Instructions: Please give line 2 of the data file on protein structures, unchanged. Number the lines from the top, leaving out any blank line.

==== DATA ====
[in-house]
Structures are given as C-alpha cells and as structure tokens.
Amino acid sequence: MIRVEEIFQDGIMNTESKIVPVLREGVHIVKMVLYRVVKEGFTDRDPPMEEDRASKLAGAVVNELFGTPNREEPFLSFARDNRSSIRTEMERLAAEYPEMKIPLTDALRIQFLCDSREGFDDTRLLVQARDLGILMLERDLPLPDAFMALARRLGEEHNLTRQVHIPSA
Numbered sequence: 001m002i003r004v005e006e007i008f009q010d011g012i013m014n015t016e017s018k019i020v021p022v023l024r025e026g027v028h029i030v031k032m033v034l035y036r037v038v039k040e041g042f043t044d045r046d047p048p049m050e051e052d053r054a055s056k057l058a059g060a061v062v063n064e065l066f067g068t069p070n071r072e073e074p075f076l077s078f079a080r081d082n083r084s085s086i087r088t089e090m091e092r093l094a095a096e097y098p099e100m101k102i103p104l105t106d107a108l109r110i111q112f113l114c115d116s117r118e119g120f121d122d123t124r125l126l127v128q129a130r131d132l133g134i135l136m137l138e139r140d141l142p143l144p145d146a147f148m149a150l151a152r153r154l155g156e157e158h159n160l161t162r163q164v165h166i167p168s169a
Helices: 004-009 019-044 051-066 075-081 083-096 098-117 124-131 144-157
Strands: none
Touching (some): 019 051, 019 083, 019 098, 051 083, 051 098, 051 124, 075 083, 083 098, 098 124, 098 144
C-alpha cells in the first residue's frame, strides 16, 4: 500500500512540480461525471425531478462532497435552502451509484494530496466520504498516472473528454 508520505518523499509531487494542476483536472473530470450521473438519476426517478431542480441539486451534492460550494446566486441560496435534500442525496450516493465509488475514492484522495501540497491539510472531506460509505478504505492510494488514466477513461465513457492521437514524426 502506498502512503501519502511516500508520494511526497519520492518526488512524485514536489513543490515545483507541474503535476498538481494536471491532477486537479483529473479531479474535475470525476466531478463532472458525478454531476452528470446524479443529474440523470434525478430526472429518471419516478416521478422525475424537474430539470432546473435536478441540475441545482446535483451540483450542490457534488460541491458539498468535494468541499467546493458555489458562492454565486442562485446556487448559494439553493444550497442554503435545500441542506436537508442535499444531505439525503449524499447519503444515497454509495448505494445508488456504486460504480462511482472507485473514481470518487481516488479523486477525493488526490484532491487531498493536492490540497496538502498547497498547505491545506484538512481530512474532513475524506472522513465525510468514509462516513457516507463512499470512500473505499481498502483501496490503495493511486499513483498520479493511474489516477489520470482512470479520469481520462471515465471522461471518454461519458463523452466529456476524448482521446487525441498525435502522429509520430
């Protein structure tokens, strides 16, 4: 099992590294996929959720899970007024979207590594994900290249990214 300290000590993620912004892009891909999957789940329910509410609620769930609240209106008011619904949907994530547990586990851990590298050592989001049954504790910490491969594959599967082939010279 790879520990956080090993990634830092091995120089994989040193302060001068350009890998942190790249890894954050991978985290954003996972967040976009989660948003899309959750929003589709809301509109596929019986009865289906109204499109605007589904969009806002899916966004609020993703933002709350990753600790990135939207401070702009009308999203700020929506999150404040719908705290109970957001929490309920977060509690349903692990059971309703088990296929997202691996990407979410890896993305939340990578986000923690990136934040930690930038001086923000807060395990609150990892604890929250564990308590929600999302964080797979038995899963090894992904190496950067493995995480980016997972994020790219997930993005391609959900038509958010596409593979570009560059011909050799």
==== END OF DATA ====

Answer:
Structures are given as C-alpha cells and as structure tokens.